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Cassettes opened up vast new seas to loot and pillage. The tape quality was much better than eight-tracks and the recorders incorporated things like Dolby noise reduction, a technology most suited to pirating music. In the waning days of cassettes, I began to have qualms about what I was doing. Like a junkie who couldn't stop, I'd visit a store in Toronto that rented CDs and sold blank tapes. I think it was the sign above the blank cassette display reminding people it was illegal to make tapes of rented CDs that both worried and confused me. Just what was the message here?
But all that looks like child's play compared to the brave new world of compressed files and the lawlessness of the Internet. For a long time, I avoided wading into those pirate-infested waters. My reluctance was theoretically based on a snobbish dismissal of the mp3 file format. Taking a bazillion byte feast from a CD and compressing it into a two-bite slider obviously left a lot of music on the table. How jejune, how anti-audiophilic.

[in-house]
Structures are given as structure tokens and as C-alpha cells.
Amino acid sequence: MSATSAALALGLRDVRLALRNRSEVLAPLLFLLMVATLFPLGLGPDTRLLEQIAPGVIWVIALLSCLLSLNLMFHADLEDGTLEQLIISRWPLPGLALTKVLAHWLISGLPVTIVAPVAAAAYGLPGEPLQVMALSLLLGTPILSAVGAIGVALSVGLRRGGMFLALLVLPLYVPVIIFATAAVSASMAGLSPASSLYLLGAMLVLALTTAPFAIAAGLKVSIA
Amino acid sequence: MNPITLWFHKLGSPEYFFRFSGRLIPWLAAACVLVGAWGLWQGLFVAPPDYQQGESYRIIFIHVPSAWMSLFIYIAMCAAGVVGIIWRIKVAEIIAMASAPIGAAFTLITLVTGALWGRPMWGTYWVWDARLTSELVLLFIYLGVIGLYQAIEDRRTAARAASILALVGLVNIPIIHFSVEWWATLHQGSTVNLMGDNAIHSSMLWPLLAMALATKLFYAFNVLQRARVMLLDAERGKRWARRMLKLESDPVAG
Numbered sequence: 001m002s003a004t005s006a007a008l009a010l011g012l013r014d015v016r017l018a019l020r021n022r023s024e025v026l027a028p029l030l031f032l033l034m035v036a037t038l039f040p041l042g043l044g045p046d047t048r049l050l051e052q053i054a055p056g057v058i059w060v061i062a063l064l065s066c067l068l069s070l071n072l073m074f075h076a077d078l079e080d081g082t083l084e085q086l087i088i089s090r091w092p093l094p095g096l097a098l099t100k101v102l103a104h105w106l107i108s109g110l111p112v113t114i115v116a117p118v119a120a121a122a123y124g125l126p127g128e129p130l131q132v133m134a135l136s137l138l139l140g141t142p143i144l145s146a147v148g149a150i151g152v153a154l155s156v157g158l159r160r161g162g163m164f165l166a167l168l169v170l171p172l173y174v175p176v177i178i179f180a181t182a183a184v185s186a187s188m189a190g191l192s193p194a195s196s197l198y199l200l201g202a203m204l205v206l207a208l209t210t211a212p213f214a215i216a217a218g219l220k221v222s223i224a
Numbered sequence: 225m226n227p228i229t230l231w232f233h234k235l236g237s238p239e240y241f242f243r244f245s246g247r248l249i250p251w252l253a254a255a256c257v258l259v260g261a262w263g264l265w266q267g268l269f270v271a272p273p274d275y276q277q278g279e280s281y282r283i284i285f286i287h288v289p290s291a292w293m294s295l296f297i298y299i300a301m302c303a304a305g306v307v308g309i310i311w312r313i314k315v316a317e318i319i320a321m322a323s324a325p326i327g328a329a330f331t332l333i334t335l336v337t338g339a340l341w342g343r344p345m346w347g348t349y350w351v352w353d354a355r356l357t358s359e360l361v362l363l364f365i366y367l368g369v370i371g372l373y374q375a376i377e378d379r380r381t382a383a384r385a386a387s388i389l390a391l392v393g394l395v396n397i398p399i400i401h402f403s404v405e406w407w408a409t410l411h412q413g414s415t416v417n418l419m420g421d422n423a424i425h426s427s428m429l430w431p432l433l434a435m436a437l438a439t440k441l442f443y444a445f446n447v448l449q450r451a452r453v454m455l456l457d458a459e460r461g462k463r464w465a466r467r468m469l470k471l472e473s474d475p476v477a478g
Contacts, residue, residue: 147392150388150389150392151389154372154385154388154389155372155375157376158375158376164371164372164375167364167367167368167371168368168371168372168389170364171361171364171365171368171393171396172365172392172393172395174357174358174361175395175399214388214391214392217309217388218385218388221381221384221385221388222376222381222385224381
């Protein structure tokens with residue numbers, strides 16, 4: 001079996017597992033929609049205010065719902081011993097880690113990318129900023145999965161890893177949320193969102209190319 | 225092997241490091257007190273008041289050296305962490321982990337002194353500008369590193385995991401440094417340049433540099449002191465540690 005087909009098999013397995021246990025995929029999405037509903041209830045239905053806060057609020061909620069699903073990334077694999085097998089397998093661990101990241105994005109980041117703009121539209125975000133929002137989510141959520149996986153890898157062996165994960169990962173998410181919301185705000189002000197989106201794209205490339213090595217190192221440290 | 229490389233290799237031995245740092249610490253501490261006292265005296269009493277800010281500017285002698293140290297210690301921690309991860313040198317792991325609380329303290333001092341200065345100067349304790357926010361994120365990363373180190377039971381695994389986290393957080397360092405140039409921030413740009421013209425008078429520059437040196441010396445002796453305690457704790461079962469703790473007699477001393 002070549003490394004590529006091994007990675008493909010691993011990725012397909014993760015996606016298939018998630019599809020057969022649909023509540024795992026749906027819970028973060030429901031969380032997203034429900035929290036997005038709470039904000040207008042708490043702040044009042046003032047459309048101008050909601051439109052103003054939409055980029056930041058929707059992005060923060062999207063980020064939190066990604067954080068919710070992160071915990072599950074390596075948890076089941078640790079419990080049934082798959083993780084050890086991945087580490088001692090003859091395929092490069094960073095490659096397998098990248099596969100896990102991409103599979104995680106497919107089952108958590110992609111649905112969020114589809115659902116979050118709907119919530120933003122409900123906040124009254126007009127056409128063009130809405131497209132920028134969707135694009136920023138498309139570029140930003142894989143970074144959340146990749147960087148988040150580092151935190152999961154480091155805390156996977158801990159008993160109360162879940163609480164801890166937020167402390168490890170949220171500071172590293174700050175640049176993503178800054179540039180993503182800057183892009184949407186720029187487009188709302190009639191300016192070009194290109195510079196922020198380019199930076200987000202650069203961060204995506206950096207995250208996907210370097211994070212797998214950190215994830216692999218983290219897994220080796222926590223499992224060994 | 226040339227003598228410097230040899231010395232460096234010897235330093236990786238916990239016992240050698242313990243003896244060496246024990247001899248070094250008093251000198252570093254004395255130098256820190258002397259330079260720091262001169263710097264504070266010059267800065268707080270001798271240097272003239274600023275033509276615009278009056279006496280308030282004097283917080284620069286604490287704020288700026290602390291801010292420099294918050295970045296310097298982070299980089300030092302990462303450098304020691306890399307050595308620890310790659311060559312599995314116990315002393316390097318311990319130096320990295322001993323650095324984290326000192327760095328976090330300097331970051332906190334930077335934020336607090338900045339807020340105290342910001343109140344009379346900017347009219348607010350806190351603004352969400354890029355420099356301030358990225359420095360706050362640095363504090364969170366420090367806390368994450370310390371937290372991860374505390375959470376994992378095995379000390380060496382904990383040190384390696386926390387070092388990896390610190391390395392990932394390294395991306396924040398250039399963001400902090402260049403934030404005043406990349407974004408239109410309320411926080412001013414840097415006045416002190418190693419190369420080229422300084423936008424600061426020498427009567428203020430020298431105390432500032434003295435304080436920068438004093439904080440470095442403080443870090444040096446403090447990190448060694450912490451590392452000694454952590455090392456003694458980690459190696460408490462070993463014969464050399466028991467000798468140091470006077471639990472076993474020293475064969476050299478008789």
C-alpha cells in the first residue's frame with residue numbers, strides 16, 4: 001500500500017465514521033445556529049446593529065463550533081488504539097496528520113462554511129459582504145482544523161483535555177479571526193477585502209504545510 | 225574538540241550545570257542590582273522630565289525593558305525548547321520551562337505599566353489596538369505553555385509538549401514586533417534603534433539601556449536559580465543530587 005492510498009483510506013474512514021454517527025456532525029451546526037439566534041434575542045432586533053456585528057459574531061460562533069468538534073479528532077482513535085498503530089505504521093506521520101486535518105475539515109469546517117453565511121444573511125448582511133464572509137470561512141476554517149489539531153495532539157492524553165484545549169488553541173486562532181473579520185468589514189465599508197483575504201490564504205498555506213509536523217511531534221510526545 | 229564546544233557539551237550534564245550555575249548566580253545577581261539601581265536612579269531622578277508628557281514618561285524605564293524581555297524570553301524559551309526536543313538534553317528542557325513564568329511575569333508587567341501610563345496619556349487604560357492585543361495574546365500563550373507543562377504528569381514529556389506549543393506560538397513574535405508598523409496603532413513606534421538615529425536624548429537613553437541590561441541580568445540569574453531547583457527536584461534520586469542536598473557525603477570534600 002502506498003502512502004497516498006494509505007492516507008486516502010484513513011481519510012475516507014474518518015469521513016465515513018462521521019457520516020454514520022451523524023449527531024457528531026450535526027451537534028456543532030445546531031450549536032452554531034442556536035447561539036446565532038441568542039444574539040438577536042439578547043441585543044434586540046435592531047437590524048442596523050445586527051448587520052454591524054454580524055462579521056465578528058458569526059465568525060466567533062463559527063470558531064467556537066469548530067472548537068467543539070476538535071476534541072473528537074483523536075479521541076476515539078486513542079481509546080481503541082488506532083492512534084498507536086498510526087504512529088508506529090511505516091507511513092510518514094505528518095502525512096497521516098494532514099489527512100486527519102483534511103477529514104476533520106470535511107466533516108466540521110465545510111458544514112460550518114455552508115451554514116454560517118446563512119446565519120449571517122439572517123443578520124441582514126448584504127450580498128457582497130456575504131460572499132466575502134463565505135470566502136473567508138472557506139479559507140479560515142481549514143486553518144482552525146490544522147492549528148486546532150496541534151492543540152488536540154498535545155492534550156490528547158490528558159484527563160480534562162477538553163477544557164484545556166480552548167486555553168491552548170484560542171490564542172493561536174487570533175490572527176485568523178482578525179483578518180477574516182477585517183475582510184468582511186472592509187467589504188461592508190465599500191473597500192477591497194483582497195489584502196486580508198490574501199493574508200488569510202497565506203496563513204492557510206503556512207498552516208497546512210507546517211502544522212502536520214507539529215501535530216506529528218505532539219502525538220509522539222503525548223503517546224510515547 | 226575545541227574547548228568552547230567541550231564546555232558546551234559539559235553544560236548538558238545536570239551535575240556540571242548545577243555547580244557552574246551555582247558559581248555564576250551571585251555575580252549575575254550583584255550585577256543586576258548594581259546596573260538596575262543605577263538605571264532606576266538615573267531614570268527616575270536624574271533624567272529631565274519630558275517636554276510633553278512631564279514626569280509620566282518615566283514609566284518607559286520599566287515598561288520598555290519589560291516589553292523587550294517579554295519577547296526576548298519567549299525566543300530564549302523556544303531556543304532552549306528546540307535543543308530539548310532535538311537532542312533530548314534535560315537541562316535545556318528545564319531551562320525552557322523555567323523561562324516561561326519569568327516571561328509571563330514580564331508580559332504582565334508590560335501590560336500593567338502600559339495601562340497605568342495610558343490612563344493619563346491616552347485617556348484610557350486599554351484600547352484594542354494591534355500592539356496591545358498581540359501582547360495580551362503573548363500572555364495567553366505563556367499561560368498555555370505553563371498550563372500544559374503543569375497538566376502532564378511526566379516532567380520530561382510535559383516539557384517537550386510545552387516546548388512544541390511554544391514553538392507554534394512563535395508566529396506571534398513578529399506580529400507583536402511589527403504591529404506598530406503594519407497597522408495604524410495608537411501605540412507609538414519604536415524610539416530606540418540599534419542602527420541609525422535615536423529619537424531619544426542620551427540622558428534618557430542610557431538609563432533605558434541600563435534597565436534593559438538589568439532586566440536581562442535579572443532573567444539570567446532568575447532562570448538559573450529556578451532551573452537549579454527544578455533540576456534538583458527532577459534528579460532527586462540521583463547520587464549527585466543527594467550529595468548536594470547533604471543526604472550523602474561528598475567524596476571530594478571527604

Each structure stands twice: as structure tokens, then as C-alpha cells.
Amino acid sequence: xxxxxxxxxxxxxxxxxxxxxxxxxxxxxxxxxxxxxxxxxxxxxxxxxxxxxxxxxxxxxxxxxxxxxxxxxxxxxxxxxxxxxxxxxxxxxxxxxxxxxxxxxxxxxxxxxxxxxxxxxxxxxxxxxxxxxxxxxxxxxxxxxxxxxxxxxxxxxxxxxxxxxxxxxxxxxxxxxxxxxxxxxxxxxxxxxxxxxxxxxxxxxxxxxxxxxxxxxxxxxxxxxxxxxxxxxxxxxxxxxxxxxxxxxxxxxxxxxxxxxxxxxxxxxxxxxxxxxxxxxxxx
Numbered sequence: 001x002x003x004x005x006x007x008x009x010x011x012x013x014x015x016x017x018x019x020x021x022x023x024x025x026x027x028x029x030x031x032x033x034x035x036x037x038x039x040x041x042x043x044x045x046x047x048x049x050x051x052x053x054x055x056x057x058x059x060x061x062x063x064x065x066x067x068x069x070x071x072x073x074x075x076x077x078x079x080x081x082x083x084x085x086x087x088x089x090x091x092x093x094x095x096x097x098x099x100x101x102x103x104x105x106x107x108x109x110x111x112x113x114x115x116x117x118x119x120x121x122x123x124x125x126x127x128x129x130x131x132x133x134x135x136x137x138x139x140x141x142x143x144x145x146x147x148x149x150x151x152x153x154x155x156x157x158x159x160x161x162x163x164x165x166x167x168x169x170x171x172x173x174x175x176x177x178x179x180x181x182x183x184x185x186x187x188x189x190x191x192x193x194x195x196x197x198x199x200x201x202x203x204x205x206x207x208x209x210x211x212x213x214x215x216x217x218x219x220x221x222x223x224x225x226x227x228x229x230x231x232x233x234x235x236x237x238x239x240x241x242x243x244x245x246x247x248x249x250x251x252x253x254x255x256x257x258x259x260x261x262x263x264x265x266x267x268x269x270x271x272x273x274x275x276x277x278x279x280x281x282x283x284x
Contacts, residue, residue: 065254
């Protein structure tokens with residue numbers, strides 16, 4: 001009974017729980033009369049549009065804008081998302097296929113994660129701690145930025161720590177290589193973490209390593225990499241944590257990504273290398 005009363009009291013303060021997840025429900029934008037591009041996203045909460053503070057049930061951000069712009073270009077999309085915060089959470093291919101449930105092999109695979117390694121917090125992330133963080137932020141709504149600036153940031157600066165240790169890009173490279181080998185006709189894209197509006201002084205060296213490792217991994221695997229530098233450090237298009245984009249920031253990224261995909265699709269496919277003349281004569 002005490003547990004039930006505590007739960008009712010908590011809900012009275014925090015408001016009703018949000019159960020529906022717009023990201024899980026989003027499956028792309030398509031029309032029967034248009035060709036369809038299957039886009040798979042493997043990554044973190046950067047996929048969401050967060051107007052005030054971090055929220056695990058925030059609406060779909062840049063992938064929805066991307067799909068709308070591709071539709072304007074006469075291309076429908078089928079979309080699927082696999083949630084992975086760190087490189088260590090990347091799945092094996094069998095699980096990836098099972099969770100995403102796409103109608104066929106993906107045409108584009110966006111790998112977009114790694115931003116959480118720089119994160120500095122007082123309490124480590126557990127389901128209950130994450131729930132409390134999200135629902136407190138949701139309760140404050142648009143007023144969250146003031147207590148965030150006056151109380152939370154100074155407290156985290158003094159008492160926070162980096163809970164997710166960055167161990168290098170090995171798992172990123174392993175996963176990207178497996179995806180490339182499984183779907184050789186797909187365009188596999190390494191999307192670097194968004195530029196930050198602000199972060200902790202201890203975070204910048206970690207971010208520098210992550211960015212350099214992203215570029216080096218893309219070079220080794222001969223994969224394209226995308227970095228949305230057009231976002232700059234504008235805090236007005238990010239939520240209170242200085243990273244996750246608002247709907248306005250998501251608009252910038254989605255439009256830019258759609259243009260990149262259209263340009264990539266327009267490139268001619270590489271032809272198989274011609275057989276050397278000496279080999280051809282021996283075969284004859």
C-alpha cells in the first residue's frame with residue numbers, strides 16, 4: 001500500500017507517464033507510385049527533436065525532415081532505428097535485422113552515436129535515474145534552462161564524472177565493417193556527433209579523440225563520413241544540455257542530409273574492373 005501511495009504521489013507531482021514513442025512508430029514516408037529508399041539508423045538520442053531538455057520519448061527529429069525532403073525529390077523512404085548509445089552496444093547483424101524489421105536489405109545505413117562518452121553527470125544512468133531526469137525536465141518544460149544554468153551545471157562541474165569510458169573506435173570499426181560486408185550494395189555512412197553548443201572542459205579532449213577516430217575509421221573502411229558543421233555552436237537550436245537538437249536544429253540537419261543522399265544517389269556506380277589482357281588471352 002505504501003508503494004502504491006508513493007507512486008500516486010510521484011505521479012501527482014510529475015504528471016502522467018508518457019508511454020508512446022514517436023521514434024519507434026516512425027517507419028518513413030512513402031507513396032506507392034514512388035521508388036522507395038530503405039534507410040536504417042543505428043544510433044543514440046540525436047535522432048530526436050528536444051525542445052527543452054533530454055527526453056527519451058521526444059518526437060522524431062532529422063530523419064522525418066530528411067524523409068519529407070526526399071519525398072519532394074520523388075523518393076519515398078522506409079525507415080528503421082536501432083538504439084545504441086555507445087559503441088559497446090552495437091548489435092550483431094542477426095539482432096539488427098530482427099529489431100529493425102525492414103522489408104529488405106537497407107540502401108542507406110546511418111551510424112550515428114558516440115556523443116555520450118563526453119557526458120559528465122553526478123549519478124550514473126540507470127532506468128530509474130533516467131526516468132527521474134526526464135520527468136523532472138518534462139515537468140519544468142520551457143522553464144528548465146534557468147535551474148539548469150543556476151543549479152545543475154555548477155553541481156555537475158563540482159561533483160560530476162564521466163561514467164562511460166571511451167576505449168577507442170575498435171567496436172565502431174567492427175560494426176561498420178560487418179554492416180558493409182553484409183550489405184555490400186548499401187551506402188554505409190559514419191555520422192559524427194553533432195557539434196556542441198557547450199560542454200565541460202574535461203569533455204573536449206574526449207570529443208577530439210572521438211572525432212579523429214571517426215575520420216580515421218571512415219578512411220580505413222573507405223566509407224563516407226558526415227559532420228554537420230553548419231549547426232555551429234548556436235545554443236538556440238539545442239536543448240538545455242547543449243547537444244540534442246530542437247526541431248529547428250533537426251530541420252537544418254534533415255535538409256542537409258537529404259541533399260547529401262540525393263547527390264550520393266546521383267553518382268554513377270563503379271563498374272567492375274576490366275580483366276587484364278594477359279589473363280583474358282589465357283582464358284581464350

The real reason - it turned out - had more to do with having dial-up Internet instead of highspeed. I resisted broadband for as long as I could, which is to say for as long as one of my neighbours had an unlocked wi-fi signal I could pira... er, poach.
But my piracy was punk until, well, it's Microsoft's fault. Or Apple's. Certainly not mine. Let's not lose sight of the fact that I'm the victim here.
I was perfectly happy playing honestly purchased - okay, frequently copied - CDs and the very rare download on my Windows media player. No harm; no foul. Until I accidentally downloaded the latest version a little over a year ago. In keeping with the robust spirit of Windows Vista, that piece of software was a piece of sh... er, junk. Play two songs, crash. Reboot. Play two songs, crash.
In desperation I turned to iTunes. I'd resisted iTunes, iPods, iEverything because I was an iNothing kind of guy and everyone I knew in the throes of the Cult of Apple seemed to have a latent streak of Moonie about them. Not understanding iTunes any more than I understand any program, I let it suck up all the music on my hard drive. I was appalled when it automatically converted all the big files into teeny, tiny mp3 files. I was even more appalled when I couldn't hear any difference.
With the last vestige of snobbish resistance lost to aging ears, the floodgates opened. I hoovered all my CDs into iTunes. It wasn't enough. I spent hours, days, weeks digitizing old vinyl and cassette tapes, in some cases creating third generation piracy. The convenience was seductive. Shuffle delivered gems of nearly forgotten music I'd never have selected but relished hearing. Like a junkie with the shakes, I craved more.